Okemo's new Sunburst enclosed sixpack has heated seats. Sign of the Apocalypse? Or just a sensible way to beat the Vermont winter cold?
Is this really how pampered we’ve become? Eastern skiers, after all, always prided themselves on being a little hardier than the rest. Rain, wind, frigid temps, and brutally cold lift rides—always just part of the experience.
Now Okemo and Leitner-Poma have teamed up to bring us…what…the ultimate high-speed sixpack for wussies, with heated seats to warm our buns and an orange-tinted bubble enclosure to keep out the wind, rain, and good old New England sleet.
It's National Learn To Ski and Snowboard Month, and Vermont resorts lead the way with enticing discounts for newbies.
Got a friend who needs to learn how to ski? A spouse or significant other? A friend of your kid’s? Maybe it’s up to you to turn them on to the sport you love, and there’s no better time than January, National Learn to Ski and Snowboard Month.
By the time I buckle my boots, the people wearing Hefty bags are already skiing. They are having an awesome time.
The sleet is coming down almost horizontally. It’s just cold enough that it freezes on contact, coating the railings of the tram dock with a solid, immediate layer of ice. I have come home to Cannon Mountain, N.H., for Christmas after becoming one of those people who leave New England for bigger mountains and deeper snow out West. I thought the Rockies had made me tough—patrolling at A-Basin, backcountry missions that call for two kinds of crampons, that kind of thing.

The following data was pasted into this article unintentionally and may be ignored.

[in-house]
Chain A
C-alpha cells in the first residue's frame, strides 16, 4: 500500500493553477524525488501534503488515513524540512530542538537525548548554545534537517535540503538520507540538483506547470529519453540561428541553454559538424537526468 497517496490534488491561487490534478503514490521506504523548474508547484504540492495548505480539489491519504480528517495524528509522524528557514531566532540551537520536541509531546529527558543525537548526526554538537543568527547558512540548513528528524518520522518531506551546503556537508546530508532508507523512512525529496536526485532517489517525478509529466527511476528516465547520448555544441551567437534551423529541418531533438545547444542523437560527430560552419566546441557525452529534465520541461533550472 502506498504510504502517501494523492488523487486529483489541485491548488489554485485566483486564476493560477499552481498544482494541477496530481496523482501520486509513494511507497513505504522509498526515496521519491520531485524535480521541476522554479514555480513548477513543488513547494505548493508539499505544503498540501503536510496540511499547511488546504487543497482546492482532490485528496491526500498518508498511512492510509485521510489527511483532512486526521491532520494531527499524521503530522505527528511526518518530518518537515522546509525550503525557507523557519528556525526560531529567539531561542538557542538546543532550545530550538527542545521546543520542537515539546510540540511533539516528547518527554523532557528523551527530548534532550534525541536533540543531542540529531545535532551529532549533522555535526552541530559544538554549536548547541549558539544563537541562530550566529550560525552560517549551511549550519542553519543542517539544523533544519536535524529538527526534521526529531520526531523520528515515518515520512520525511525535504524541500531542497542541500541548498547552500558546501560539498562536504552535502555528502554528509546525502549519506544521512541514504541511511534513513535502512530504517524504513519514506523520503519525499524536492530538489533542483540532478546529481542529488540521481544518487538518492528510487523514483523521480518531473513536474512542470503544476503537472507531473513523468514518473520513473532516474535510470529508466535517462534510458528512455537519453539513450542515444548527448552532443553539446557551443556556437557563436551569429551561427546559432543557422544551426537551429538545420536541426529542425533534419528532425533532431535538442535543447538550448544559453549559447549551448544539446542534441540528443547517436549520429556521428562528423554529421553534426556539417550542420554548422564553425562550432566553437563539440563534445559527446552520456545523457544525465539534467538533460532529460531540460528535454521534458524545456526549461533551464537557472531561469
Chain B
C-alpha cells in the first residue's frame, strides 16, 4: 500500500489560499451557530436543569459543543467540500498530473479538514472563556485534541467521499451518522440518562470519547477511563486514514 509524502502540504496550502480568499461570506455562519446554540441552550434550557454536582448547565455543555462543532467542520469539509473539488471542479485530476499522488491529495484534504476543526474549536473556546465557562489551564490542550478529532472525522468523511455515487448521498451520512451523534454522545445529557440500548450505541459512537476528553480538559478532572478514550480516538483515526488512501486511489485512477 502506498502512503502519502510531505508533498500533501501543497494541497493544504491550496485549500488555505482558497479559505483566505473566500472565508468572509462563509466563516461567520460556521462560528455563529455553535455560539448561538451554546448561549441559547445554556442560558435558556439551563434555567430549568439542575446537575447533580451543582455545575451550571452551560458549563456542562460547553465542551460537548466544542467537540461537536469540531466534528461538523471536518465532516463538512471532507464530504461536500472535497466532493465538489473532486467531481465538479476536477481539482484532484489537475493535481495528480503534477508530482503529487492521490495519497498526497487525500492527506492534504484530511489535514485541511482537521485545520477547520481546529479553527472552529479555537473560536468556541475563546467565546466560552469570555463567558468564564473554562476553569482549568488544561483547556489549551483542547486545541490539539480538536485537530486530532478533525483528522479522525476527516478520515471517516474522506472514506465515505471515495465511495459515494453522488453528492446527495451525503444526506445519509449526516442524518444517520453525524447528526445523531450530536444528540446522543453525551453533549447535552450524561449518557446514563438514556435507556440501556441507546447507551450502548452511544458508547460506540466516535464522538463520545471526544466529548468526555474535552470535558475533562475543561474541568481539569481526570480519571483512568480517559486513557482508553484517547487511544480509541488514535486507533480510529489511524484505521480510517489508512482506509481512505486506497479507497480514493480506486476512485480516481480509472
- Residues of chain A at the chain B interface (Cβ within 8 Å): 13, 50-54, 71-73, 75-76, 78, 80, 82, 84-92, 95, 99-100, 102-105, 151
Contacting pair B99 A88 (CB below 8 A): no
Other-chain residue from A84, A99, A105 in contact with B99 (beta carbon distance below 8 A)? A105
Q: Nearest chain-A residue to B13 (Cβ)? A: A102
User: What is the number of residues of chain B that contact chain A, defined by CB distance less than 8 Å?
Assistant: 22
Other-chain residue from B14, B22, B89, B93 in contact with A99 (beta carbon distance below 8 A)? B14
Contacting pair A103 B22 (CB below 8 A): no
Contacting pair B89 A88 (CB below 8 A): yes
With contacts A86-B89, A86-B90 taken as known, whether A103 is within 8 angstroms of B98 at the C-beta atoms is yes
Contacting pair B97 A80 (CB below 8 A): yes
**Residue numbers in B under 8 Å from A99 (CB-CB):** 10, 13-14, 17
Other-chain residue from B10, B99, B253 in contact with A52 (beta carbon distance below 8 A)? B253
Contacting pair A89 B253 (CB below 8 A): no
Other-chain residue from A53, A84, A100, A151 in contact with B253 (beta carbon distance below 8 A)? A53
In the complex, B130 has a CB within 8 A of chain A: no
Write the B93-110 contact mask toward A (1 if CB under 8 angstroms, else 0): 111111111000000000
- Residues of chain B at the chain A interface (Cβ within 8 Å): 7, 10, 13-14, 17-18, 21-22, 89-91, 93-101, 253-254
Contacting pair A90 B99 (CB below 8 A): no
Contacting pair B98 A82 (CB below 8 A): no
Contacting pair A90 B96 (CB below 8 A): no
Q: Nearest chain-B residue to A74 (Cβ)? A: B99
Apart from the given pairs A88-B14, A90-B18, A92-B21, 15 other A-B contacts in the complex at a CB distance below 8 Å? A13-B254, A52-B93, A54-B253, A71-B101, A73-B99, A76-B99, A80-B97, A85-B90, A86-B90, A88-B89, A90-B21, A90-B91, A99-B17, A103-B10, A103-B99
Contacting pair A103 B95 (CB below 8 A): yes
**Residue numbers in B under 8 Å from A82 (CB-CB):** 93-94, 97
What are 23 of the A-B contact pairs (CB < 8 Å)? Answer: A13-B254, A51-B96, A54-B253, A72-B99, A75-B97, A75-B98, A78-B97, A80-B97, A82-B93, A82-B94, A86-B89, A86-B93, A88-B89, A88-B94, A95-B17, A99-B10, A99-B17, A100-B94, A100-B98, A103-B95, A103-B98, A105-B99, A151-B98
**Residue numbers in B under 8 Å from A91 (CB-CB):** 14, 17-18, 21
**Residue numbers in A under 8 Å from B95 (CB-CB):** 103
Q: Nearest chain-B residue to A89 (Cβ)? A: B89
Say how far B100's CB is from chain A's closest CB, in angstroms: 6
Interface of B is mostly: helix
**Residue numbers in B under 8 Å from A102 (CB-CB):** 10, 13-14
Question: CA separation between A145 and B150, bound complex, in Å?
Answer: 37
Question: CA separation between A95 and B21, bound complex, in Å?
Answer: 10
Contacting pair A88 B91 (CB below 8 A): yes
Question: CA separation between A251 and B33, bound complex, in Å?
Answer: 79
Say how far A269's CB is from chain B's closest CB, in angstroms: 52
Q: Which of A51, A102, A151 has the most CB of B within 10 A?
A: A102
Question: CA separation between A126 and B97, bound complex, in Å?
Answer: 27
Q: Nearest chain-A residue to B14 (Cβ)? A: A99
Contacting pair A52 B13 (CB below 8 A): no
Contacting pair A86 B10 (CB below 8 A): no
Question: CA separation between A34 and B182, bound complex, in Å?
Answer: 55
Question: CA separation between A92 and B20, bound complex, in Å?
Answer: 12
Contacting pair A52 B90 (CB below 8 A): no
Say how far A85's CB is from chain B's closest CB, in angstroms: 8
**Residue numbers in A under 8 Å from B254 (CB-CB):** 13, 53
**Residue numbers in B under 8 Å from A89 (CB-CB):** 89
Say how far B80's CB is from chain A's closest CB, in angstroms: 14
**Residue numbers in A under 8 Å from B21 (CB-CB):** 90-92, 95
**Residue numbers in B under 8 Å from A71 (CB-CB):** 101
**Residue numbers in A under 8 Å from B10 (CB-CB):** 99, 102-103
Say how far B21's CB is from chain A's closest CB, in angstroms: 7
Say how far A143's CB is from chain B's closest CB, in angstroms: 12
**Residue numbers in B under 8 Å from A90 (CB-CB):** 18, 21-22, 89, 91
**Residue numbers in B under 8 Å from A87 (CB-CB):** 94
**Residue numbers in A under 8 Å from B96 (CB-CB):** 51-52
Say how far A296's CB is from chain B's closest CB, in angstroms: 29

Here’s the thing about those icy, flat slopes: They absolutely make you a better skier.
I’m about to talk about Stratton Mountain, the ski resort that’s just 10 minutes from where I grew up in Vermont, and I know what you’re thinking: Ice. Bitterly cold temperatures. Liftlines crowded with New Yorkers and Bostonians. Terrain that’s, well...the place is known as “Flatton.”
Yes, it’s all those things. But it’s also my home ski area, and here’s why I love it.
I thought I won it for being fast, a misconception my father did not dispute even though it would cost him thousands in race gear and entry fees over the next decade.
I used to crave chocolate moose— yes, moose—because there was a counter that sold them in the old base lodge at Maine’s Sugarloaf Mountain in the early ’80s. The place offered other cast-chocolate Maine kitsch, too—lobsters, lighthouses, seagulls—but it was the moose lollipop I wanted.
It’s a wonder we didn’t end up with serious injuries to our wool-hat-clad heads.
Hunter Mountain, N.Y., isn’t where I actually learned to ski. But Hunter is indeed where I learned to ski. Chasing my older brother down icy black diamonds like Hell Gate and Minya Konka, yard-saling big-time on the double blacks at Hunter West—Westway, under the liftline, even. No matter how hard I skied—or rather how hard I bit it—my brother never let me win.
I’d like to apologize to everyone in those liftlines whose skis I walked on.
I’d like to thank all the guys—students at Norwich University, all pushing retirement age by now—who gave me shoulder rides to the top of my local hill in central Vermont. I was five, too small to hold down the poma platter. They made a little boy with a runny nose very happy. Man, how I loved to ski when I was five.
No place does diners like the Northeast, and these ski-country classics keep the flame alive.
Dot’s Restaurant, Wilmington, Vt. » The beloved eatery was taken out by the Hurricane Irene floods but rebuilt in 2014, much to the region’s relief. The space may be new, but the food is exactly the same, with legendary pancakes (served with real Vermont maple syrup, natch) and eggs accompanied by homemade breads.